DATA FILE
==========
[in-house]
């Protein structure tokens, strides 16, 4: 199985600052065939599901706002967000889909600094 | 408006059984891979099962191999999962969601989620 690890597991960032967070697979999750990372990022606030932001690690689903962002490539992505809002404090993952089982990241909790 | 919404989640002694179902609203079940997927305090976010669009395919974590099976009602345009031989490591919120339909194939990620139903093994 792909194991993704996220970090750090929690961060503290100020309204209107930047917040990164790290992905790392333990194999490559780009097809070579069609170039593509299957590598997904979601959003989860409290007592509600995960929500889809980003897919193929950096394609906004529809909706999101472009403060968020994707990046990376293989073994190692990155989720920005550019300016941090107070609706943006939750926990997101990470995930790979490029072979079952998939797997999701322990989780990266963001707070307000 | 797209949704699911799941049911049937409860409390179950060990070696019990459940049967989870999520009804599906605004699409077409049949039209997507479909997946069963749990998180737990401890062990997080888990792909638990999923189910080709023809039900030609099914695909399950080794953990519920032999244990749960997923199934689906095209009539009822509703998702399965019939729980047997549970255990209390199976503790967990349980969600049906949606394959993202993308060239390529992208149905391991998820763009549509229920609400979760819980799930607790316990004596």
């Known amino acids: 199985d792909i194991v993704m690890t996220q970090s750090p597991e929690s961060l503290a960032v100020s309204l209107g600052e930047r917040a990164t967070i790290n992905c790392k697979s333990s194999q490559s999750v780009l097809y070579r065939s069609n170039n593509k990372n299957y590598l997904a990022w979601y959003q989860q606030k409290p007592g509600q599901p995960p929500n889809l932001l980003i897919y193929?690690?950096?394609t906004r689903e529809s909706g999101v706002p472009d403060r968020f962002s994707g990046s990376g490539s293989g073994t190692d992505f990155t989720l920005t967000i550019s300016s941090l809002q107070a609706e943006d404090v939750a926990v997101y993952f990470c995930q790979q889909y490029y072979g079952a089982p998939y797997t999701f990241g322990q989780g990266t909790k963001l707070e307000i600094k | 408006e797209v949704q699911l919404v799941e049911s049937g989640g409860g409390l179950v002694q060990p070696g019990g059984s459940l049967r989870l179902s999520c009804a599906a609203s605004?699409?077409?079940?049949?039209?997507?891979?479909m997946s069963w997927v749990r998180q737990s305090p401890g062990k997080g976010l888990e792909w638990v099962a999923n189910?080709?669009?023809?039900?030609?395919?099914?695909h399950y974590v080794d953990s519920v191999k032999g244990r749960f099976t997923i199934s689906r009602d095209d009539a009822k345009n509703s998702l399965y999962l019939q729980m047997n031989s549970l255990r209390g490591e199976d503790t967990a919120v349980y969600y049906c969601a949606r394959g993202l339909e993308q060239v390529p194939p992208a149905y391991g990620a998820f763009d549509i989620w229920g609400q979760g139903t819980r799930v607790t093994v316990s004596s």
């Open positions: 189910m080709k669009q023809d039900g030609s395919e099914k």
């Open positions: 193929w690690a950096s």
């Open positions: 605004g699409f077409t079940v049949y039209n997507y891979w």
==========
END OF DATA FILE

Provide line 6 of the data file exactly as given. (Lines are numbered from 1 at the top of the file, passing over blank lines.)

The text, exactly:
């Open positions: 605004g699409f077409t079940v049949y039209n997507y891979w």